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Central Asia Water and Land Nexus (CAWLN) for ecosystem restoration, improved natural resource management and increased resilience










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    Book (stand-alone)
    Guidelines on the Implementation of Nature-based Solutions (NbS) to Combat the Negative Impact of Climate Change on Forestry
    Azerbaijan, Kazakhstan, Kyrgyzstan, Tajikistan, Türkiye, Turkmenistan and Uzbekistan
    2023
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    Climate change is one of the most critical social and environmental concerns and the biggest threat to economic stability in human history. Türkiye, Azerbaijan, and Central Asia countries, namely Kazakhstan, Kyrgyzstan, Tajikistan, Turkmenistan, and Uzbekistan, are vulnerable to the negative impacts of climate change. Although average forest cover is only 10.2 percent of these countries (FAO-SEC countries), they play an essential role in climate change mitigation and adaptation, including human well-being and biodiversity co-benefits. The NbS concept has gained attention since the late 2000s. Its practical contribution to global climate change mitigation and adaptation efforts has found significant implementation opportunities in forestry to support the protection and conservation, restoration and expansion, and sustainable management of forests under the impact of climate change. Globally, implementing NbSs to combat the negative impact of climate change on forestry is promoted by the United Nations Forum on Forests (UNFF), United Nations Framework Convention on Climate Change (UNFCCC), the Paris Agreement, United Nations Convention to Combat Desertification (UNCCD), Convention on Biological Diversity (CBD), The United Nations Human Settlements Programme (UN-Habitat), and the 2030 Agenda for Sustainable Development. Regionally, implementing NbSs to combat the negative impacts of climate change on forestry has been included in the forest policy initiatives of the countries in the sub-region recently. As a result, governments have implemented NbSs through national strategies and programs to address societal challenges by enhancing ecosystem services and promoting human well-being and biodiversity co-benefits. For example, Azerbaijan has implemented afforestation, reforestation, rehabilitation, and restoration activities in forest fund lands on an average of 9 727 hectares (ha) annually since 2000. Kazakhstan aims to save the Aral Sea basin from salinity and improve soil fertility through afforestation activities of saxaul species on 0.25 million ha, and the afforestation area in the Aral Sea will be extended by 1 million ha till 2025. Kyrgyzstan has planned a 1,000-ha annual plantation program to expand protected natural areas to 10 percent. Tajikistan implements 2,000 ha of annual plantation activities to increase the greenhouse gas (GHG) mitigation potential through participatory forestry sector development. Türkiye implemented afforestation, soil conservation, forest rehabilitation, pasture rehabilitation, private afforestation, artificial regeneration, and establishment of energy forests activities on 9.62 million ha from 1946 to 2022. Turkmenistan conducts afforestation activities with drought-resistant plant species and established the "Golden Century Lake" in the Karakum Desert to improve the climate conditions and conserve biodiversity. Uzbekistan declared the Aral Sea region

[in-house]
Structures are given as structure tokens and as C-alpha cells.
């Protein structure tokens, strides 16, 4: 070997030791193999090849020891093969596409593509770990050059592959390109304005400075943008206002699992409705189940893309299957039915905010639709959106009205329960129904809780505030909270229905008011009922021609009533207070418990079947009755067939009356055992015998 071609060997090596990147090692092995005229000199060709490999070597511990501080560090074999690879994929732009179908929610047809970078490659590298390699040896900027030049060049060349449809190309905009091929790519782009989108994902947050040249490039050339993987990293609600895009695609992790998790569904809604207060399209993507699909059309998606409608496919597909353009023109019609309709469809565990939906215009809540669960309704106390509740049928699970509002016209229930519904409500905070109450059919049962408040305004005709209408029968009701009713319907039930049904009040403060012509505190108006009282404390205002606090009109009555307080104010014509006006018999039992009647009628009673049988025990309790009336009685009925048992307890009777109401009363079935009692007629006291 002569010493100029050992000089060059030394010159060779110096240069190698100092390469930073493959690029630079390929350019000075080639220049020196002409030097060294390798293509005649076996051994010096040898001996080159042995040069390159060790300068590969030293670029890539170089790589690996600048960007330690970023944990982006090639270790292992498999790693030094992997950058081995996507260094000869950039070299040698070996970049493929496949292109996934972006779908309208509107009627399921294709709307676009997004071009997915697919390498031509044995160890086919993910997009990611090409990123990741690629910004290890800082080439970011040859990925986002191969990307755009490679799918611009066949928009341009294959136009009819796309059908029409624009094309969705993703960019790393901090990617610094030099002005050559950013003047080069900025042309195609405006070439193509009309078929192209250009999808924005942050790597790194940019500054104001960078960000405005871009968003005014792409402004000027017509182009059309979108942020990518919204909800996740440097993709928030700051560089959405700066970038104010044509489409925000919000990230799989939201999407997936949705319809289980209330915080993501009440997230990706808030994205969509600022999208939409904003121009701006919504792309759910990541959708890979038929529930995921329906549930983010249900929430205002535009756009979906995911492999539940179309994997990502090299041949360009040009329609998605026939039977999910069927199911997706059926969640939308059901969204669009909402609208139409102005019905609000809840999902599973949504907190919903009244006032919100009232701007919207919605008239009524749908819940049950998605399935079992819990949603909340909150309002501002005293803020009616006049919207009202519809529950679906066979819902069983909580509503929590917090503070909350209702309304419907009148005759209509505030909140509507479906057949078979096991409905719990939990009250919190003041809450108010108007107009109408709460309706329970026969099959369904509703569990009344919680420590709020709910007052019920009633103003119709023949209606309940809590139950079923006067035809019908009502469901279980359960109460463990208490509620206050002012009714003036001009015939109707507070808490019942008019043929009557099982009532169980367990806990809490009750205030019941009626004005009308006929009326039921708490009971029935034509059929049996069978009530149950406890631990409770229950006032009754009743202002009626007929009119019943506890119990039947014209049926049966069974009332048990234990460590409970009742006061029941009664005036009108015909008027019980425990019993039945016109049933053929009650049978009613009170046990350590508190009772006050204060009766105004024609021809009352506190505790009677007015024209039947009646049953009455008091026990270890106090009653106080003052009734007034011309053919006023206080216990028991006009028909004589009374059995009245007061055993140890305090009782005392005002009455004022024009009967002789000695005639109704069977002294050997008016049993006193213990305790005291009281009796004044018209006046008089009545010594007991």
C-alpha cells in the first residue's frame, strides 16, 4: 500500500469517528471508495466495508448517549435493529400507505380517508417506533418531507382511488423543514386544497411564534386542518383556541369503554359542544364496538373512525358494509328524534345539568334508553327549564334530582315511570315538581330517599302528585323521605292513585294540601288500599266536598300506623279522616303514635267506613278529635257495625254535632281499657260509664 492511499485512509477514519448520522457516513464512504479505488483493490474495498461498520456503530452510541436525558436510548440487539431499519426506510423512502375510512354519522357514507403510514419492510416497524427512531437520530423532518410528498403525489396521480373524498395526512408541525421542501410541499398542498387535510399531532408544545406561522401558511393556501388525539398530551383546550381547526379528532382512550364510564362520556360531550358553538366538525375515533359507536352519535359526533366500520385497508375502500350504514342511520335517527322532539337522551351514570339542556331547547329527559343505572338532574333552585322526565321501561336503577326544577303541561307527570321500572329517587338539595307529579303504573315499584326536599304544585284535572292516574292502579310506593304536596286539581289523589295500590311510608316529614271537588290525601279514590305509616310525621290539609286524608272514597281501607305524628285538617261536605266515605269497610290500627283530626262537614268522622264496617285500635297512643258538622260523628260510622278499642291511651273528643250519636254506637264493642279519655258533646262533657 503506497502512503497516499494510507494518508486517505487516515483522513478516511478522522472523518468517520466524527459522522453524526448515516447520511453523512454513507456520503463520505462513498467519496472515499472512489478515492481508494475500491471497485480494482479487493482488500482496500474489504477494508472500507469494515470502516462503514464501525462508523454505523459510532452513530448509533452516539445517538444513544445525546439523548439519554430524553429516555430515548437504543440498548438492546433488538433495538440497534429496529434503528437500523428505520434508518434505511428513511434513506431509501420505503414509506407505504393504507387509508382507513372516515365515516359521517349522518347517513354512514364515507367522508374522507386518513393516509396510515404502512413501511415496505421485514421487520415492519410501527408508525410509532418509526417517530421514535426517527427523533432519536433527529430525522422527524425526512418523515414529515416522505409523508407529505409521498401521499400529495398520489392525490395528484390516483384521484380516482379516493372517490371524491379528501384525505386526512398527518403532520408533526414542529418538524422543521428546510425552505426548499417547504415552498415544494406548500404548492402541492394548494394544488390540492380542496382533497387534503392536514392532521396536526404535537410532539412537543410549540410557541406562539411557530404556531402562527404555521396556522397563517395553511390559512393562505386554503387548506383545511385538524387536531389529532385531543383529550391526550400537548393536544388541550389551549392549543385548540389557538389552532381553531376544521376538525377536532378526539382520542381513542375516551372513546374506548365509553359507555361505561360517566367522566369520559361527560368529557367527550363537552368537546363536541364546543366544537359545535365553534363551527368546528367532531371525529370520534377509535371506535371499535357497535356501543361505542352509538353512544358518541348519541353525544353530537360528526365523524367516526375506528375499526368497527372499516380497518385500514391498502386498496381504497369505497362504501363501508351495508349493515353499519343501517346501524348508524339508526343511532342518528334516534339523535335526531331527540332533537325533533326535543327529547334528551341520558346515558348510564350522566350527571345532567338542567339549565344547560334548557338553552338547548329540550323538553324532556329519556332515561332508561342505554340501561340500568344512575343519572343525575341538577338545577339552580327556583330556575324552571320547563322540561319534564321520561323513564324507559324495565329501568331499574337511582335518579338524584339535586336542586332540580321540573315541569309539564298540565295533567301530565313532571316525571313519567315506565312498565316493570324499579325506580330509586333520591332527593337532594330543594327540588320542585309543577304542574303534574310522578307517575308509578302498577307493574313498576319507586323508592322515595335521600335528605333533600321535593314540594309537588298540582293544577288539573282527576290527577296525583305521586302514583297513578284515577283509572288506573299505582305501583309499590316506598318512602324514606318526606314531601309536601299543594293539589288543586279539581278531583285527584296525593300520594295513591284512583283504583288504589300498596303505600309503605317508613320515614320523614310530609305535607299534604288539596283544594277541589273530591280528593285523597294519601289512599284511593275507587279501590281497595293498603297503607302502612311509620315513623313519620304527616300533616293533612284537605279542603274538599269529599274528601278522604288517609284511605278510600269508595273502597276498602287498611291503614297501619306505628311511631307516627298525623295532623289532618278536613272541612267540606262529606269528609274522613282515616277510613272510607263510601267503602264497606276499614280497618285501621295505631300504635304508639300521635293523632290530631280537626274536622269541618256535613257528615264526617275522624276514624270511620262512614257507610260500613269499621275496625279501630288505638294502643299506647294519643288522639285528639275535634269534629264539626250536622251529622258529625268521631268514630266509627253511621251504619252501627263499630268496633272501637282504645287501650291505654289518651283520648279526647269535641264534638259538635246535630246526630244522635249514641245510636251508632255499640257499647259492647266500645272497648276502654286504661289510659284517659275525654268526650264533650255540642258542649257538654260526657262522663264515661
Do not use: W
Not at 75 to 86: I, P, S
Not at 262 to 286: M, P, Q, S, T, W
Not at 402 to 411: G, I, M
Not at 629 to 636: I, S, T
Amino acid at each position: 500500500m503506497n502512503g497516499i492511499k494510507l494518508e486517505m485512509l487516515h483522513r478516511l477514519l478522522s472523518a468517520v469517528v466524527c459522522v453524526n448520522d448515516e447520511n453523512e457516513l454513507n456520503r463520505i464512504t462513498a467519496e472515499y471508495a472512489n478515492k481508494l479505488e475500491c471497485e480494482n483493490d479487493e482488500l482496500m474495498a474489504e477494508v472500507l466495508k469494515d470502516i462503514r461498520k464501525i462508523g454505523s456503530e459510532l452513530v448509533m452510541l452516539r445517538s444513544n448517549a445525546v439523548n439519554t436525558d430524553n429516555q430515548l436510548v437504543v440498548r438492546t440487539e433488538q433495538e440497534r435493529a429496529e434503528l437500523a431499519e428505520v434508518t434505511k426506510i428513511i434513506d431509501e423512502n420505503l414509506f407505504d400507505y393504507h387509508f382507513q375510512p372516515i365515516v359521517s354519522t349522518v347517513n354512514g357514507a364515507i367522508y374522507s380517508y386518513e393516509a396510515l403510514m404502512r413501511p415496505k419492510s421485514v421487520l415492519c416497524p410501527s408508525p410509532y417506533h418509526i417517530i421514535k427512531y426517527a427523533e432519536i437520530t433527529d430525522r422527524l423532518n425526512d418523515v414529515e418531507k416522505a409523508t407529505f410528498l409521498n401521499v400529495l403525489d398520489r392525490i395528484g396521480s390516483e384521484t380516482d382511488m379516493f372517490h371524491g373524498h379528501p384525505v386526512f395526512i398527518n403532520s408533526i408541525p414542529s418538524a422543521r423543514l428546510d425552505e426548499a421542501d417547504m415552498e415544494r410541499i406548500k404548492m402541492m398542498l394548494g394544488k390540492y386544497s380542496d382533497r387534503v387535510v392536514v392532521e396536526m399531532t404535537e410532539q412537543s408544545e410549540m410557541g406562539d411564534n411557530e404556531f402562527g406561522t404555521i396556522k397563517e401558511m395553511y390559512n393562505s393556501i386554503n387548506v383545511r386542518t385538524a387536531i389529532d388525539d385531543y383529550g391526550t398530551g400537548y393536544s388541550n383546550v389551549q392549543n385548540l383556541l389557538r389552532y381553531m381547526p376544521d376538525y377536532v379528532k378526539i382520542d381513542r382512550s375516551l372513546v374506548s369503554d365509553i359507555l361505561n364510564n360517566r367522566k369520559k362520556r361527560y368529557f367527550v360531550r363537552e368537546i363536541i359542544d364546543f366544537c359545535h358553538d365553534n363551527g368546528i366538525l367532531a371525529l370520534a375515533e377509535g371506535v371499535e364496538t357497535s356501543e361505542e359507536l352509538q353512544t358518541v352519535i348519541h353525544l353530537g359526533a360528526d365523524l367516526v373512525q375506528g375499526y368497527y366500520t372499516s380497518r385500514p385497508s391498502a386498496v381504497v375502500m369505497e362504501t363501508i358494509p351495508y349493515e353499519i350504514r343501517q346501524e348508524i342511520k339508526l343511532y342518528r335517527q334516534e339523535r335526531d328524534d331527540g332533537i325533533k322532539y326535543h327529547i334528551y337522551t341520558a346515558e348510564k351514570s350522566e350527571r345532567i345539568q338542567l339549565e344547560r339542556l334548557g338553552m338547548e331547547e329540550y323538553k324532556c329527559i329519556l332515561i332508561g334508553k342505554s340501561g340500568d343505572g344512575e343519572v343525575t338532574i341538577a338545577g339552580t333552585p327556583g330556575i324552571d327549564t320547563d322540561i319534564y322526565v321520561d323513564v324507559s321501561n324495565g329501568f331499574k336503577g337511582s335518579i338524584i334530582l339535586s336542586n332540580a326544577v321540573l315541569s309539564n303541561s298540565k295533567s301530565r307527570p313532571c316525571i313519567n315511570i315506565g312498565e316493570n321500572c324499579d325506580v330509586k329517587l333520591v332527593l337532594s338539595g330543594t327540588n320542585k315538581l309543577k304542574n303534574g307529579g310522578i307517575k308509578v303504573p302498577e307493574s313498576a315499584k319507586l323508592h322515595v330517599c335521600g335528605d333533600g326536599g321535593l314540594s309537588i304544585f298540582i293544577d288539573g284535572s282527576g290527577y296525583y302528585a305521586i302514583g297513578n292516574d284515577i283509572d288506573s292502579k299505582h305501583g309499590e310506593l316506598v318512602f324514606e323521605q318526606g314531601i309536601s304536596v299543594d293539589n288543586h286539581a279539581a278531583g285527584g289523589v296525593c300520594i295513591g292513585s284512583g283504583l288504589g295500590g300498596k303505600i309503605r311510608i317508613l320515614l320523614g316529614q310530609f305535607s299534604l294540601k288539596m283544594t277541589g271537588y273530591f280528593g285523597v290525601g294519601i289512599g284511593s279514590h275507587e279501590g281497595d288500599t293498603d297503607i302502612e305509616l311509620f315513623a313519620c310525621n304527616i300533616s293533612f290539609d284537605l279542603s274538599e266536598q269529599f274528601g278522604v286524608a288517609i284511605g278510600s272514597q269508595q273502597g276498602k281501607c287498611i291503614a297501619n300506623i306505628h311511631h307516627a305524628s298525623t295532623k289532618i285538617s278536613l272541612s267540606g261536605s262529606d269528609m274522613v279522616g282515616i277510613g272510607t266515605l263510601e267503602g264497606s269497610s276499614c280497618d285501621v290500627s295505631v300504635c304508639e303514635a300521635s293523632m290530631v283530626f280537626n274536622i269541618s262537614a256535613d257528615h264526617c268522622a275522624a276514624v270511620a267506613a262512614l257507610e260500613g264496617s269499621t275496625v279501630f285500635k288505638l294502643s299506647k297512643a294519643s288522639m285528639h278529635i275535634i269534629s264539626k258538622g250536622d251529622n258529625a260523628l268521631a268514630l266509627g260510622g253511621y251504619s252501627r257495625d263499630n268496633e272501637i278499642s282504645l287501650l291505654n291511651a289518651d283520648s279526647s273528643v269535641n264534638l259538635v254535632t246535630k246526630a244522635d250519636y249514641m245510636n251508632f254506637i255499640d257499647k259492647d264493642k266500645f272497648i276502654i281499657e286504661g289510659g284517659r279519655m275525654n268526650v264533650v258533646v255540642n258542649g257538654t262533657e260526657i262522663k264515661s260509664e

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    Meeting
    Plenary Meeting of the Eurasian Soil Partnership, Report. Bishkek, Kyrgyz Republic, 29 February - 2 March 2016 2016